At first, Keith saw her connection to Grant as divinely ordained. He charged some people thousands of dollars for his advice, but he eventually helped Keith for free, treating her like family and introducing her to key people.
Then, a year after she and her cousin resolved to join the green rush, Keith got her first inkling that Los Angeles might not deliver on its promises. The city announced that 191 pot shops—10 percent of the city’s existing illicit dispensaries—could become legal before the social equity program even began, thanks to a deal cut between a portion of existing medical shops and the city. Keith was caught off guard, but Grant was not: He owned three priority shops.
The grandfathering of medical shops has become one of the primary factors undermining social equity across the United States. Once a medical marijuana market opens to recreational use, the existing medical businesses often get dibs on licenses to sell pot to the public. With consumers eager to buy legal bud and politicians hungry for tax revenue, converting existing businesses—which already have weed on hand—seems like a no-brainer.
But once medical businesses gain permission to sell to anyone, they have an incentive to impede any additional businesses joining the market, which in many places means bogging down social equity. “If you allow the medical industry to start first, there is a perverse profit incentive for them to delay equity programs from happening, because it’s tremendous competition coming in,” explained Jason Ortiz, a cannabis advocate in Connecticut. “So many parts of the process are corrupted by that one thing. They’re making money, and they can use that money to push the program back.”
Existing medical marijuana businesses tend to be wealthier and whiter than the general population, having been licensed based on criteria developed between 2005 and 2015 or having survived waves of law enforcement raids and prosecutions. After Illinois passed adult-use legalization in 2019, medical shops were allowed to open to recreational customers before social equity got underway. A 2020 state report determined less than 2 percent of Illinois’s existing dispensary owners are Black or Latino. Three years after legalization, the state’s equity program has been mired in lawsuits, delays, and infighting; not a single social equity business has opened.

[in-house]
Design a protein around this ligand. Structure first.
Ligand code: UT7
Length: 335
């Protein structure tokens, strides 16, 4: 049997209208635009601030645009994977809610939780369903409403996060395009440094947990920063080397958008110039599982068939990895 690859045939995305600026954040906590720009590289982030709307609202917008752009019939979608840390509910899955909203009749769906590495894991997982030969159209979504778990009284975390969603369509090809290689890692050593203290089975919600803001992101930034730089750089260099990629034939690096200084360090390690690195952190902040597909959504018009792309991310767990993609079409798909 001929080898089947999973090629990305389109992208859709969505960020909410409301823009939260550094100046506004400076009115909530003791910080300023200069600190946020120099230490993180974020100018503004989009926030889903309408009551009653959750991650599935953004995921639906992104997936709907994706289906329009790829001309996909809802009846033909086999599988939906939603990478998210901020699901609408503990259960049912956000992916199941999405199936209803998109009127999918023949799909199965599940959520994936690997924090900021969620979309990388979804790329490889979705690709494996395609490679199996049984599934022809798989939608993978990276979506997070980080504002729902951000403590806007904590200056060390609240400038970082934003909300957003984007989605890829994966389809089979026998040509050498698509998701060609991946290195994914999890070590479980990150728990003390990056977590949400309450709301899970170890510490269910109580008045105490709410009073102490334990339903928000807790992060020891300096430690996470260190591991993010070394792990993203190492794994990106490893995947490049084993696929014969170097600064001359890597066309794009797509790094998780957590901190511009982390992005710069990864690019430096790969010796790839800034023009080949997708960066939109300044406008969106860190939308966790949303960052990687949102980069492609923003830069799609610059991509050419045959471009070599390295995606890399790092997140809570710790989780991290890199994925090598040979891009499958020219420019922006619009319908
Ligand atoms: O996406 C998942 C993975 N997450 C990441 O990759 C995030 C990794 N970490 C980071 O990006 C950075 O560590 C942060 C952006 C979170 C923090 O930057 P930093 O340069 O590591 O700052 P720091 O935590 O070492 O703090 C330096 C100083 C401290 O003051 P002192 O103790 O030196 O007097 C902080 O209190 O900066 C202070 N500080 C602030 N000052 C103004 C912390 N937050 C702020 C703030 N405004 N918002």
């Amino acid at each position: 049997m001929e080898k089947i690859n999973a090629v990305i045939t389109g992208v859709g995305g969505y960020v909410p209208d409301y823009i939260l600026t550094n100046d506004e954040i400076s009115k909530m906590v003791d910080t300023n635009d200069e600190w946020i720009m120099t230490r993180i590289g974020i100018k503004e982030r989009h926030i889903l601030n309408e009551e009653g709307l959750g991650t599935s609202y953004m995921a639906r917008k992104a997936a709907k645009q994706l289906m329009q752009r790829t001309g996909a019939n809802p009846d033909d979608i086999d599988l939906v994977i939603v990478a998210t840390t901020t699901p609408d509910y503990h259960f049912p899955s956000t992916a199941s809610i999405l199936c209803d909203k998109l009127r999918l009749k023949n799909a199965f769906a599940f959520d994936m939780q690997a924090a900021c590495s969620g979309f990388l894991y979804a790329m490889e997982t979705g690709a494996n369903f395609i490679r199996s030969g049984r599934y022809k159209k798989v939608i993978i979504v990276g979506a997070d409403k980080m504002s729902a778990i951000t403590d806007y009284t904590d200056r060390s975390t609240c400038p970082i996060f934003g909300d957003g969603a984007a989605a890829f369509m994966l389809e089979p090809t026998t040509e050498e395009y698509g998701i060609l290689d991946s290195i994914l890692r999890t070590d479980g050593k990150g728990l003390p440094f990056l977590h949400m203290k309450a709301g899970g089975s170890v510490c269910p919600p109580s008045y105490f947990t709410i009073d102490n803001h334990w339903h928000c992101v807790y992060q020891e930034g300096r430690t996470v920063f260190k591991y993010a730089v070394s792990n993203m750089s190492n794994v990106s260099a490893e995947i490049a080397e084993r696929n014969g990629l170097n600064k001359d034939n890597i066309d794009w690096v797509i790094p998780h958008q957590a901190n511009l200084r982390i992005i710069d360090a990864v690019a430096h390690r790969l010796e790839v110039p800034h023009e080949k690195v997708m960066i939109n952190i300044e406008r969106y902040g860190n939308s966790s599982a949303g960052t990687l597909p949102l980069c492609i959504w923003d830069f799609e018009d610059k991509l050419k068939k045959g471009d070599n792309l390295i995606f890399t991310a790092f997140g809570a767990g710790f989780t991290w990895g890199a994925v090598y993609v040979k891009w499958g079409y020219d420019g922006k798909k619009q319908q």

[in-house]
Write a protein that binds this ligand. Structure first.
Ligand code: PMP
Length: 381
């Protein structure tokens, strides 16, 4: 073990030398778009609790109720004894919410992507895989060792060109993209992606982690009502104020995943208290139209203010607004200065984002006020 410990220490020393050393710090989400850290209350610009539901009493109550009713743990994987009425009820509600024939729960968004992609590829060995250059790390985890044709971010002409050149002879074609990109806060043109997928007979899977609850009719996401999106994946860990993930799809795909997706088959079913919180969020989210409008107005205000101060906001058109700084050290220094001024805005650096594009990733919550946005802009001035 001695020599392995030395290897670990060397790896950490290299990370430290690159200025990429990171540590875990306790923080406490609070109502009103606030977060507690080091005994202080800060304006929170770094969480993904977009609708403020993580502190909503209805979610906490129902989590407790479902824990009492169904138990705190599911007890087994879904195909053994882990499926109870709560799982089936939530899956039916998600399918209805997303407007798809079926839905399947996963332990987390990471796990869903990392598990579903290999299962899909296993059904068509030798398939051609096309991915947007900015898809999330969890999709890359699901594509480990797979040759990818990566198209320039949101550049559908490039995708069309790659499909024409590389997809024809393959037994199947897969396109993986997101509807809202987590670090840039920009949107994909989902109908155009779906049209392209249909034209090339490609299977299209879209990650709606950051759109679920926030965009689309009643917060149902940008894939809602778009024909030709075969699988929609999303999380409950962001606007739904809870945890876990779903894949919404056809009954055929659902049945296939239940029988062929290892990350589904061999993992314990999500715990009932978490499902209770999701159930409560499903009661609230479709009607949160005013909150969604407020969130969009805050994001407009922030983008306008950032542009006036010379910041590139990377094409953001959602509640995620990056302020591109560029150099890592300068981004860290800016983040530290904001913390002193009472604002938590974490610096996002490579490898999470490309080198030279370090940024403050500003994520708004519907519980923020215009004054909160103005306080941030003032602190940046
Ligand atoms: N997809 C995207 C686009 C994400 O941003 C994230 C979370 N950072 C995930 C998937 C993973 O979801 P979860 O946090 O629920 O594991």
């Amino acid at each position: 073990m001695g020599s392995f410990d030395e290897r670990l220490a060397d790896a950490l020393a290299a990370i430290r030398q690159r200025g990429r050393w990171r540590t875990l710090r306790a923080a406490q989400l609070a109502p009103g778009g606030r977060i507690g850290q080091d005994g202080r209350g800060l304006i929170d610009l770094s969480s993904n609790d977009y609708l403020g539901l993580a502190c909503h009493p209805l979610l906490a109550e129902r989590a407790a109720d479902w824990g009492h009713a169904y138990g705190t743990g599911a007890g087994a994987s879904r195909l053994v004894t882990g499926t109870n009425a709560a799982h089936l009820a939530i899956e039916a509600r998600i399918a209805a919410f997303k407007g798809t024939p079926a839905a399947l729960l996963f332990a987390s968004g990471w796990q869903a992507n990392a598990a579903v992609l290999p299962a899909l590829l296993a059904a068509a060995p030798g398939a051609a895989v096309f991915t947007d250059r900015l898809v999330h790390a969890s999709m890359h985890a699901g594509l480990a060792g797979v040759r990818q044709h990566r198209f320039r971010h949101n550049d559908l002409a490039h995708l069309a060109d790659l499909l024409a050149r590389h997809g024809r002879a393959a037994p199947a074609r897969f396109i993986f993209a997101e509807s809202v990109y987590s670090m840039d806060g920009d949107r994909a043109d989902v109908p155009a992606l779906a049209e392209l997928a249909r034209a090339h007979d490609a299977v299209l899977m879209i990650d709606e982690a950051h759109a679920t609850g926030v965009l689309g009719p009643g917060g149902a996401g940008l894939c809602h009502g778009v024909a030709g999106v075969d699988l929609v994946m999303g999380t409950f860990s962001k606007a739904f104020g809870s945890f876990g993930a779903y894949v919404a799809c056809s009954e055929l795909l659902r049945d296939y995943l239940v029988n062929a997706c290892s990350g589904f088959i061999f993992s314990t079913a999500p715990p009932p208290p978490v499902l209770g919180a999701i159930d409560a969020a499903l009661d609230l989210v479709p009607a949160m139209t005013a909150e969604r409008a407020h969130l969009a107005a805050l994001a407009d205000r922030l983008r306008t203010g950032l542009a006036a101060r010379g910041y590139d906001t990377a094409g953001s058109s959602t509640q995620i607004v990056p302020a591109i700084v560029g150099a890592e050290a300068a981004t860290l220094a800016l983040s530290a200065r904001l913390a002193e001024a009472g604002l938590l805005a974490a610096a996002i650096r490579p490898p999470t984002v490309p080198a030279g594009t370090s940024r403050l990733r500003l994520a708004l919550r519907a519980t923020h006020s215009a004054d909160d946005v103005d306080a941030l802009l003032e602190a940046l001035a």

Grant was one of about six Black people in Los Angeles who owned priority dispensaries. But across a 16–square-mile stretch of South L.A., in the Black community where Keith’s parents and grandparents had moved in the 1970s, there were no priority shops—meaning that, when recreational sales began in California, those neighborhoods had no legal place to buy weed.
As adult-use legal sales approached, Keith noticed Grant and other equity advocates shifting their attention from talking about helping the community to paid consulting and developing their own businesses. Keith spent around four months working at a social equity incubator run by a Black woman with political connections and experience in getting government contracts. Then one day, an older Black man walked out of a meeting with her boss, shaking his head. He turned to Keith and said, “That’s a damn sharecropper deal!”
Keith realized, with a start, that she agreed, and quit the job. Recalling her father’s lifelong wariness about “the Black elite,” she started to consider how class divisions and political access were blurring the line between self-interest and community advocacy, exposing weaknesses in the “true partnership” among Black people that the City Council president had promised. “The people who are helping to design it are designing it so that they can get more extra stuff,” Keith said.
In Black on the Block, Northwestern University sociologist Mary Pattillo writes about the complicated, sometimes self-enriching role that Black advocates and elected officials come to play in city politics: as brokers “spanning the space between established centers of white economic and political power and the needs of a down but not out black neighborhood.” Pattillo calls these people “middlemen” and “middlewomen.”